Tuesday, 5 November 2013

Animal Welfare reaches wider audience at Edinburgh University

Edinburgh University Student Zoological Society (EUSZS) monthly presentations

Heather Bacon and Hayley Walters from the JMICAWE have been working with the Edinburgh University Student Zoological Society to spread the word of the JMICAWE and its partners in improving animal welfare around the world.

Last month Hayley presented on Animal Welfare issues in China, highlighting the trade and farming of endangered wildlife, particularly Asiatic black or ‘moon’ bears, caged for years to provide bile for use in Traditional Medicine.

This week (6/11/2013) Heather will present on the range of welfare issues faced by zoos around the world, highlighting the limitations that zoo animals may face in terms of their welfare but also discussing practical solutions that may be implemented to improve zoo animal welfare.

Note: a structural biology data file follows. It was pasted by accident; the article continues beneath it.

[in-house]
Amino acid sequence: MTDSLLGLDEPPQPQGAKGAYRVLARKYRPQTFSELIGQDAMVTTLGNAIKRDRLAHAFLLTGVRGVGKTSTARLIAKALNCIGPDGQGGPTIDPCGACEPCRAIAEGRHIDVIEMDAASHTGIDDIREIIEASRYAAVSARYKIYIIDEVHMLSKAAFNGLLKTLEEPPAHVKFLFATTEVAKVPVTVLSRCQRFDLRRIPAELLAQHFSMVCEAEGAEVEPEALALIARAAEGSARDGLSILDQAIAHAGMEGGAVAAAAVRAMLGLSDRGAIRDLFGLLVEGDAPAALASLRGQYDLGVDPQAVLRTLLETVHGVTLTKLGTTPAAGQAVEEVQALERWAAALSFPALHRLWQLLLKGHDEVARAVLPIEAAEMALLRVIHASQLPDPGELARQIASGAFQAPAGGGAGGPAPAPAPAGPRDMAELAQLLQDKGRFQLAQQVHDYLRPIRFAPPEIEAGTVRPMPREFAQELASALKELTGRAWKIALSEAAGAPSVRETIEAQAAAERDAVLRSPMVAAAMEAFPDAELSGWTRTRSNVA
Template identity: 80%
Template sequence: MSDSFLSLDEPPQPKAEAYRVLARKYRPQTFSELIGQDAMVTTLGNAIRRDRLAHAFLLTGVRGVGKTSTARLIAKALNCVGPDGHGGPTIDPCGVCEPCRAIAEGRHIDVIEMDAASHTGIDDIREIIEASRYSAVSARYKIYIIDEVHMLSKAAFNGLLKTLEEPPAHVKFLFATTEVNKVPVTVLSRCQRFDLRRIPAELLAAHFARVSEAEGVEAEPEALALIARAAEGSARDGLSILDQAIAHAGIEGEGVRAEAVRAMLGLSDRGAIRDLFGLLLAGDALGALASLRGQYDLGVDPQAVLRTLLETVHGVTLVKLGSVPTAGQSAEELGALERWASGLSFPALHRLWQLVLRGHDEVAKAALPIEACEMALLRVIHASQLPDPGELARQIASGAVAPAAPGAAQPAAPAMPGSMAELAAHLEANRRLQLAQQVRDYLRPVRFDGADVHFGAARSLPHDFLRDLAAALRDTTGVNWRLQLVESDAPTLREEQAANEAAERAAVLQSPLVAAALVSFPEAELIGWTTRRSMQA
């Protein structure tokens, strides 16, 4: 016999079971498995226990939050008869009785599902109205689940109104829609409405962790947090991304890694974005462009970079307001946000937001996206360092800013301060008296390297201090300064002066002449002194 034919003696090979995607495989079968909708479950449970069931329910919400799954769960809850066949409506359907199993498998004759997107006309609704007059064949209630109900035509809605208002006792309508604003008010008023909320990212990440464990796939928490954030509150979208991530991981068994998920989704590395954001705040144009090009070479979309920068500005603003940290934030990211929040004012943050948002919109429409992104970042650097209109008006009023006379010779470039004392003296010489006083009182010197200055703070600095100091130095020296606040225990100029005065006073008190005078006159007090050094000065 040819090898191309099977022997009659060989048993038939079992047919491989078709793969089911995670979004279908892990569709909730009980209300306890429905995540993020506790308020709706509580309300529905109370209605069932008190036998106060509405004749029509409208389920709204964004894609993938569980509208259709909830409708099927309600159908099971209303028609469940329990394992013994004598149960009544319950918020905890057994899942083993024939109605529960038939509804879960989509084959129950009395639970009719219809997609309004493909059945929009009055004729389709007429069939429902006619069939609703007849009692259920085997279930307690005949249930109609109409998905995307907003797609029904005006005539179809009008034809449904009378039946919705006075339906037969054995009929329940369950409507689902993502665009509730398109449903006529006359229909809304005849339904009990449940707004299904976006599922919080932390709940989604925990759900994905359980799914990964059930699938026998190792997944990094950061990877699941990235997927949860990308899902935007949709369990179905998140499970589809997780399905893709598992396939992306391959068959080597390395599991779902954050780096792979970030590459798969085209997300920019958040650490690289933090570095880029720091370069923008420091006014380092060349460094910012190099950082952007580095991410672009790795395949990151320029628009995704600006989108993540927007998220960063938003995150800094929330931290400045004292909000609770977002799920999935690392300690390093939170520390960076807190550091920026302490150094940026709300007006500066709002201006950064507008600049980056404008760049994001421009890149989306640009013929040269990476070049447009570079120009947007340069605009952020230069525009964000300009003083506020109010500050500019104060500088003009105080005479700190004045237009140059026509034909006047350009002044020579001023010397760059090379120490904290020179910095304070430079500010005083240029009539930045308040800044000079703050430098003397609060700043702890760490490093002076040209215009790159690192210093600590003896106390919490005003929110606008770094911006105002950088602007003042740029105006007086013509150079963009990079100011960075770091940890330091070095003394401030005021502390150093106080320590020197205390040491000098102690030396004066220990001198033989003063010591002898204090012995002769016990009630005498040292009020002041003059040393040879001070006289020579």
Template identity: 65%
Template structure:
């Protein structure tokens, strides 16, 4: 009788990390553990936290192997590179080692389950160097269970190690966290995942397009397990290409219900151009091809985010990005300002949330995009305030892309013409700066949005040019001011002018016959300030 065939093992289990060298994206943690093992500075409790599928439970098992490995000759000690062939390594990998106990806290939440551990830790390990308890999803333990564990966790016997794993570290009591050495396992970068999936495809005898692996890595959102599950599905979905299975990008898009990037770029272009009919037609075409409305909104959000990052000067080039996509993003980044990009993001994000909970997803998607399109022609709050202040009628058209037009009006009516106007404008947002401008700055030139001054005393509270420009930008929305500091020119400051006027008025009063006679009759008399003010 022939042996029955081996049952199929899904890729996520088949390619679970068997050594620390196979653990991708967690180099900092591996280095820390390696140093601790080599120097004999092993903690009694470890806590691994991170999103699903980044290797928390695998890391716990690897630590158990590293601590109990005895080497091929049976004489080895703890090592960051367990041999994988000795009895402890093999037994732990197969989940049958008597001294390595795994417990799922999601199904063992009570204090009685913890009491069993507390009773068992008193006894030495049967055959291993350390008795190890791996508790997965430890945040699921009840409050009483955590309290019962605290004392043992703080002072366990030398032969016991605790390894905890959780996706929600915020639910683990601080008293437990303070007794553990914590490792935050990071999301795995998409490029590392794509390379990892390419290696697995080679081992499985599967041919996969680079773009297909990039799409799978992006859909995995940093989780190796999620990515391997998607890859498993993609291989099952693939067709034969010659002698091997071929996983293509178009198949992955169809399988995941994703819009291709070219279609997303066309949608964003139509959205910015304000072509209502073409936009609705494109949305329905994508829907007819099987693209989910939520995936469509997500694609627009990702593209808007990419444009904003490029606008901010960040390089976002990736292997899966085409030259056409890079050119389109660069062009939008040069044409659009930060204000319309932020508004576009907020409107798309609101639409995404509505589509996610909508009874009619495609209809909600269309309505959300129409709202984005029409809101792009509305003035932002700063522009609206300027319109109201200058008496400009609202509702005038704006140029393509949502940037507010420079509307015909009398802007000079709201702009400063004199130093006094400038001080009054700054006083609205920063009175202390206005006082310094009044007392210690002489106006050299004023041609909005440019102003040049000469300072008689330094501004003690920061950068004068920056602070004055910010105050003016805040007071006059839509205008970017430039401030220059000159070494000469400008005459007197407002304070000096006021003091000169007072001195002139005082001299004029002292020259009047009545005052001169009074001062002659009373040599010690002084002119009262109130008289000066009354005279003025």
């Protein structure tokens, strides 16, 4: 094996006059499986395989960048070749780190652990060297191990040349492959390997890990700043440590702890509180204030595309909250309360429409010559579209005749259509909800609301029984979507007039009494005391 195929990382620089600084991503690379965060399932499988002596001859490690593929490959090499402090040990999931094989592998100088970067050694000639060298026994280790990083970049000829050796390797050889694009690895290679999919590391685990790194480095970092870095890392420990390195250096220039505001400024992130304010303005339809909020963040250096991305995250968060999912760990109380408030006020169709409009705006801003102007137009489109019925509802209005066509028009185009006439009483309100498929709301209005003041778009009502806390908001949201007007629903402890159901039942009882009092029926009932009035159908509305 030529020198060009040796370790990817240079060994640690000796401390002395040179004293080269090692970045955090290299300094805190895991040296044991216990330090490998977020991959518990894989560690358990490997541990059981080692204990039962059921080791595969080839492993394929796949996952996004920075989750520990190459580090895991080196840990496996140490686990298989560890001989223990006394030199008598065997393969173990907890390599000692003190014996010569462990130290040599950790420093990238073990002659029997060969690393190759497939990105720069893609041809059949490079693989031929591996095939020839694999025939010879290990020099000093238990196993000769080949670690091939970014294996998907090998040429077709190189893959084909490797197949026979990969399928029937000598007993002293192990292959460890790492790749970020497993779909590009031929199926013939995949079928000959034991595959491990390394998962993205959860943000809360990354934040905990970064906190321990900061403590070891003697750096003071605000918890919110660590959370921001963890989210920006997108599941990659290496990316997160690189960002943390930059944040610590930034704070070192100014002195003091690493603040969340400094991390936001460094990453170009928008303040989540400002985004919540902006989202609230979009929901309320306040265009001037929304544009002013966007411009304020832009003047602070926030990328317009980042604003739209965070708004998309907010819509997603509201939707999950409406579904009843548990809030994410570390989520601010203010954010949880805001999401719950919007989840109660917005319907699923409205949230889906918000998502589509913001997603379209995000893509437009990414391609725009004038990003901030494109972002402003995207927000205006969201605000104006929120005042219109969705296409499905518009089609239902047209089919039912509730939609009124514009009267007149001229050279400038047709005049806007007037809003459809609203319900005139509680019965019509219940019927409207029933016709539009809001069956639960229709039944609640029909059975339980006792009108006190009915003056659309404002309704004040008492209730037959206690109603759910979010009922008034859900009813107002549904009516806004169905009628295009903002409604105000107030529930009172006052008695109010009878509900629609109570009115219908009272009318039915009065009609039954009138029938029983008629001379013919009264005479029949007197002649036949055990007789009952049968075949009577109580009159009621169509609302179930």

Presentations take place as part of the programme organised by the Edinburgh Zoological Society on Wednesday Evenings at 7pm at lecture theatre 270, Old College, University of Edinburgh.

More information on the EUSZS, which is a  brand new society for all those students and non-students of Edinburgh with a passion for animals, can be found at or email at



Monday, 4 November 2013

Veterinary Technician training in Bosnia

Our welfare veterinary nurse, Hayley Walters, has just returned from a veterinary technician training neutering workshop in Sarajevo Veterinary Faculty in Bosnia. This is the third time Dogs Trust UK have ‘borrowed’ Hayley to assist in their Dogs Trust BH neutering training workshops but it is the first one she has been involved in that was specifically aimed at vet techs.